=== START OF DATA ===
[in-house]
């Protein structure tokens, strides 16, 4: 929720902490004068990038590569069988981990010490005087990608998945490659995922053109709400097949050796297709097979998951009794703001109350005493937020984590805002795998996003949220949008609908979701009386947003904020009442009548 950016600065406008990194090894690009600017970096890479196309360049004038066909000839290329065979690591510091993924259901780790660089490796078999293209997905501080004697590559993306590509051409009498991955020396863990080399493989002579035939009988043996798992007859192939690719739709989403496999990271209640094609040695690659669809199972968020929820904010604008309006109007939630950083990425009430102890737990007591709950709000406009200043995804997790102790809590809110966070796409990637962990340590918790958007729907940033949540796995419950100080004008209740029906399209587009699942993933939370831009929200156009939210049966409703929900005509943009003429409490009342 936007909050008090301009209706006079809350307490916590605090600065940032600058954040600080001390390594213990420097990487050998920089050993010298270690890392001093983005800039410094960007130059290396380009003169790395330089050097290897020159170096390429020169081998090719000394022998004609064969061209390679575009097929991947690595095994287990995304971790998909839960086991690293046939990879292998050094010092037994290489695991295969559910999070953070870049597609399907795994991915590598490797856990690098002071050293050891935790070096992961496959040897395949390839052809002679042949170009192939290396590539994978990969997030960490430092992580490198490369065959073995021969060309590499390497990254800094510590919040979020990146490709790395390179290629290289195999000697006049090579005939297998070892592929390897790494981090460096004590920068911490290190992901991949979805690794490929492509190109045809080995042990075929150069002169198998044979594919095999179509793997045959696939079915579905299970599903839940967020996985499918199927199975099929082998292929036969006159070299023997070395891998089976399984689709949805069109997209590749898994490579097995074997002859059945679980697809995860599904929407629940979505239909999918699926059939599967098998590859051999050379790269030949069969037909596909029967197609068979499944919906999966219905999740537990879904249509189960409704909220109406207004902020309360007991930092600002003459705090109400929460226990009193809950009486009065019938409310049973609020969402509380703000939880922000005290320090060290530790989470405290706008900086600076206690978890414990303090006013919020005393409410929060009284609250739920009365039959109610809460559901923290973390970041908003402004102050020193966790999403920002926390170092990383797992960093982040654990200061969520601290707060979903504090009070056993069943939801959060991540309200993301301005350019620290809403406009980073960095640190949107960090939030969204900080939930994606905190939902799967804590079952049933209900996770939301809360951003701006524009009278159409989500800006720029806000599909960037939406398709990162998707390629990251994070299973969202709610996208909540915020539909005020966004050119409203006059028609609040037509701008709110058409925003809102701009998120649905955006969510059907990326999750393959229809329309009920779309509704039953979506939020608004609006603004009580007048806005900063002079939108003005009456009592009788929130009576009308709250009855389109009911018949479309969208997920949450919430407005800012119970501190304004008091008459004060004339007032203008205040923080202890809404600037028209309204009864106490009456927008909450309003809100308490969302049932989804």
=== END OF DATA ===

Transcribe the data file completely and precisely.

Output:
[in-house]
């Protein structure tokens, strides 16, 4: 929720902490004068990038590569069988981990010490005087990608998945490659995922053109709400097949050796297709097979998951009794703001109350005493937020984590805002795998996003949220949008609908979701009386947003904020009442009548 950016600065406008990194090894690009600017970096890479196309360049004038066909000839290329065979690591510091993924259901780790660089490796078999293209997905501080004697590559993306590509051409009498991955020396863990080399493989002579035939009988043996798992007859192939690719739709989403496999990271209640094609040695690659669809199972968020929820904010604008309006109007939630950083990425009430102890737990007591709950709000406009200043995804997790102790809590809110966070796409990637962990340590918790958007729907940033949540796995419950100080004008209740029906399209587009699942993933939370831009929200156009939210049966409703929900005509943009003429409490009342 936007909050008090301009209706006079809350307490916590605090600065940032600058954040600080001390390594213990420097990487050998920089050993010298270690890392001093983005800039410094960007130059290396380009003169790395330089050097290897020159170096390429020169081998090719000394022998004609064969061209390679575009097929991947690595095994287990995304971790998909839960086991690293046939990879292998050094010092037994290489695991295969559910999070953070870049597609399907795994991915590598490797856990690098002071050293050891935790070096992961496959040897395949390839052809002679042949170009192939290396590539994978990969997030960490430092992580490198490369065959073995021969060309590499390497990254800094510590919040979020990146490709790395390179290629290289195999000697006049090579005939297998070892592929390897790494981090460096004590920068911490290190992901991949979805690794490929492509190109045809080995042990075929150069002169198998044979594919095999179509793997045959696939079915579905299970599903839940967020996985499918199927199975099929082998292929036969006159070299023997070395891998089976399984689709949805069109997209590749898994490579097995074997002859059945679980697809995860599904929407629940979505239909999918699926059939599967098998590859051999050379790269030949069969037909596909029967197609068979499944919906999966219905999740537990879904249509189960409704909220109406207004902020309360007991930092600002003459705090109400929460226990009193809950009486009065019938409310049973609020969402509380703000939880922000005290320090060290530790989470405290706008900086600076206690978890414990303090006013919020005393409410929060009284609250739920009365039959109610809460559901923290973390970041908003402004102050020193966790999403920002926390170092990383797992960093982040654990200061969520601290707060979903504090009070056993069943939801959060991540309200993301301005350019620290809403406009980073960095640190949107960090939030969204900080939930994606905190939902799967804590079952049933209900996770939301809360951003701006524009009278159409989500800006720029806000599909960037939406398709990162998707390629990251994070299973969202709610996208909540915020539909005020966004050119409203006059028609609040037509701008709110058409925003809102701009998120649905955006969510059907990326999750393959229809329309009920779309509704039953979506939020608004609006603004009580007048806005900063002079939108003005009456009592009788929130009576009308709250009855389109009911018949479309969208997920949450919430407005800012119970501190304004008091008459004060004339007032203008205040923080202890809404600037028209309204009864106490009456927008909450309003809100308490969302049932989804």